Marine Biology

, 164:107 | Cite as

High pCO2 and elevated temperature reduce survival and alter development in early life stages of the tropical sea hare Stylocheilus striatus

  • Eric J. ArmstrongEmail author
  • Trevor R. Allen
  • Maeva Beltrand
  • Vaimiti Dubousquet
  • Jonathon H. Stillman
  • Suzanne C. Mills
Original Paper


Elevated temperature (ocean warming) and reduced oceanic pH (ocean acidification) are products of increased atmospheric pCO2, and have been shown in many marine taxa to alter morphology, impede development, and reduce fitness. Here, we investigated the effects of high pCO2 and elevated temperature on developmental rate, hatching success, and veliger morphology of embryos of the tropical sea hare, Stylocheilus striatus. Exposure to high pCO2 resulted in significant developmental delays, postponing hatching by nearly 24 h, whereas exposure to elevated temperature (in isolation or in combination with high pCO2) resulted in accelerated development, with larvae reaching several developmental stages approximately 48 h in advance of controls. Hatching success was reduced by ~20 and 55% under high pCO2 and warming, respectively, while simultaneous exposure to both conditions resulted in a nearly additive 70% reduction in hatching. In addition to these ontological and lethal effects, exposure of embryos to climate change stressors resulted in significant morphological effects. Larval shells were nearly 40% smaller under high pCO2 and warming in isolation and up to 53% smaller under multi-stressor conditions. In general, elevated temperature had the largest impact on development, with temperature-effects nearly 3.5-times the magnitude of high pCO2-effects. These results indicate that oceanic conditions congruent with climate change predictions for the end of the twenty-first century suppress successful development in S. striatus embryos, potentially reducing their viability as pelagic larvae.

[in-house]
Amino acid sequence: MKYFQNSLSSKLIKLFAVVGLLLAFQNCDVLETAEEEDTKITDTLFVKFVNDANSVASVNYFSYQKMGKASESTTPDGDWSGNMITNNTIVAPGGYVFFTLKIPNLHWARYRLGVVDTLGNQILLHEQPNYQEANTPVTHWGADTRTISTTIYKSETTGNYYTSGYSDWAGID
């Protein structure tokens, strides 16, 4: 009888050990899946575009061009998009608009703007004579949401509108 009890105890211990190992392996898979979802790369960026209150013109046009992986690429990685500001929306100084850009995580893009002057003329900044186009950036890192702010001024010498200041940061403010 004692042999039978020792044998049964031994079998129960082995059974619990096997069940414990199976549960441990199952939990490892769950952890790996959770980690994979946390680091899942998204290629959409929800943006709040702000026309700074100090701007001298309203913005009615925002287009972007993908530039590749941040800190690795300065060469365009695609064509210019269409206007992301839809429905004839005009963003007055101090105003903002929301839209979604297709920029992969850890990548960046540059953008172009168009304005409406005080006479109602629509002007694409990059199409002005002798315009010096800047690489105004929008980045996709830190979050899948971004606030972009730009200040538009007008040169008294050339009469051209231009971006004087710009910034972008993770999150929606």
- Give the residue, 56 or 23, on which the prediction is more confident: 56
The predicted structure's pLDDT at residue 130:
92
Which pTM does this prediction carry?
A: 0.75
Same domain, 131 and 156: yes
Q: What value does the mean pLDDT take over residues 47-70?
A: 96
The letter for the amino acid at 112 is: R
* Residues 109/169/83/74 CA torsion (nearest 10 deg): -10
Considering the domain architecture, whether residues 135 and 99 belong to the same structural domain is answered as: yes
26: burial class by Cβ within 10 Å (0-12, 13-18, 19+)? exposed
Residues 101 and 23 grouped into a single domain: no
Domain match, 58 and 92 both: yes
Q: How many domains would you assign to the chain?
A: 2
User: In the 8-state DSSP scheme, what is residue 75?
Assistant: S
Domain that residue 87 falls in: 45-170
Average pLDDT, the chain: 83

Ocean Acidification Hatching Success High pCO2 Elevated pCO2 Larval Shell 
These keywords were added by machine and not by the authors. This process is experimental and the keywords may be updated as the learning algorithm improves.



The authors would like to thank the technicians and staff at CRIOBE, especially Franck Lerouvreur and Pascal Ung, for their assistance and support in constructing the experimental aquarium system used in this study. The authors would also like to thank Nathan Spindel and Dr. Steeve Comeau from California State University, Northridge, for providing acidified seawater for a portion of this work and for sharing their water parameter metadata and Dr. Peter Edmunds for assistance with measurement of total alkalinity. The authors are also immensely grateful for the assistance of Dr. Ricardo Beldade in collecting individuals of S. striatus from the field and Dr. David C. Howell for providing online tutorials ( for conducting non-parametric permutation testing. This work was supported by the Agence Nationale de la Recherche, Live and Let Die [grant ANR-11-JSV7-012-01] and Partnership University Fund of the French American Cultural Exchange (Ocean Bridges Program, and conducted with US Government support to EJA awarded by the Department of Defense, Air Force Office of Scientific Research, National Defense Science and Engineering Graduate (NDSEG) Fellowship, [32 CFR 168a].

Compliance with ethical standards

Conflict of interest

All applicable international and institutional guidelines for the care and permissions for the use of animals were followed during the conduct of this research. The authors declare no conflicts of interest in regards to the study presented here.

Supplementary material

227_2017_3133_MOESM1_ESM.pdf (277 kb)
Supplementary material 1 (PDF 276 kb)


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Copyright information

© Springer-Verlag Berlin Heidelberg 2017

Authors and Affiliations

  • Eric J. Armstrong
    • 1
    • 2
    Email author
  • Trevor R. Allen
    • 1
  • Maeva Beltrand
    • 3
    • 4
  • Vaimiti Dubousquet
    • 3
    • 4
    • 5
  • Jonathon H. Stillman
    • 1
    • 2
  • Suzanne C. Mills
    • 3
    • 4
  1. 1.Department of Integrative BiologyUniversity of California, BerkeleyBerkeleyUSA
  2. 2.Romberg Tiburon Center for Environmental StudiesSan Francisco State UniversityTiburonUSA
  3. 3.EPHE PSL Research UniversityUSR 3278 CRIOBE CNRS-UPVDMo’oreaFrench Polynesia
  4. 4.Laboratoire d’Excellence “CORAIL”Mo’oreaFrench Polynesia
  5. 5.Département de recherche agronomique appliquéeService du développement ruralPapeeteFrench Polynesia

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